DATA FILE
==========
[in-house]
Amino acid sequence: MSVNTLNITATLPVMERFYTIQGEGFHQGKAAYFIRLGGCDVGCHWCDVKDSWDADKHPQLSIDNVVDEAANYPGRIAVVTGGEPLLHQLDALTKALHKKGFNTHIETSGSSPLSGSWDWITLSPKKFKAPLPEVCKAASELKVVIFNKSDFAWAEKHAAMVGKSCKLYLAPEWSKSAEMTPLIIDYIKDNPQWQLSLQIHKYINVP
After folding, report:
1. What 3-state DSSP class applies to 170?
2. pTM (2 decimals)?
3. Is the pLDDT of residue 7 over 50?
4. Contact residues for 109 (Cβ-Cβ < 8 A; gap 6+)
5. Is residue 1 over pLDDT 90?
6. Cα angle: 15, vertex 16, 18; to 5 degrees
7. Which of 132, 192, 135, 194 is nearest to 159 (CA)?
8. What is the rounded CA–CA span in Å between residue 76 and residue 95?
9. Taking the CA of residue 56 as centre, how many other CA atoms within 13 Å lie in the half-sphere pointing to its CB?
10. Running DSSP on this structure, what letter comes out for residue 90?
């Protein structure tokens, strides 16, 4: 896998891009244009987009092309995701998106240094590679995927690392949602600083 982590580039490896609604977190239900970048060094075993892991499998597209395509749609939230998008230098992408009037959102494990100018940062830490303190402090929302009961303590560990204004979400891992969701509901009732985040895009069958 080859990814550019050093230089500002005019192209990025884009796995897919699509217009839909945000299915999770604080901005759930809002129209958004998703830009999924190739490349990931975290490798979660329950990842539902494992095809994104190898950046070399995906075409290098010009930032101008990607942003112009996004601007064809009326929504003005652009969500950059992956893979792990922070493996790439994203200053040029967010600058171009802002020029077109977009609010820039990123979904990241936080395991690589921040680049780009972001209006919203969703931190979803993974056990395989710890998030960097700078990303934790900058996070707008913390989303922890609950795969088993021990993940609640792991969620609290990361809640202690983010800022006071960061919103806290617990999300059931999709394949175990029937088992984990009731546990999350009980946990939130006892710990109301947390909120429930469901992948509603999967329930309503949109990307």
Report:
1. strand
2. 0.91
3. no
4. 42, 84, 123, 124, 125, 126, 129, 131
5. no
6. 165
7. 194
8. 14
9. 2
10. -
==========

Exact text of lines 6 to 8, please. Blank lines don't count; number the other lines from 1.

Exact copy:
3. Is the pLDDT of residue 7 over 50?
4. Contact residues for 109 (Cβ-Cβ < 8 A; gap 6+)
5. Is residue 1 over pLDDT 90?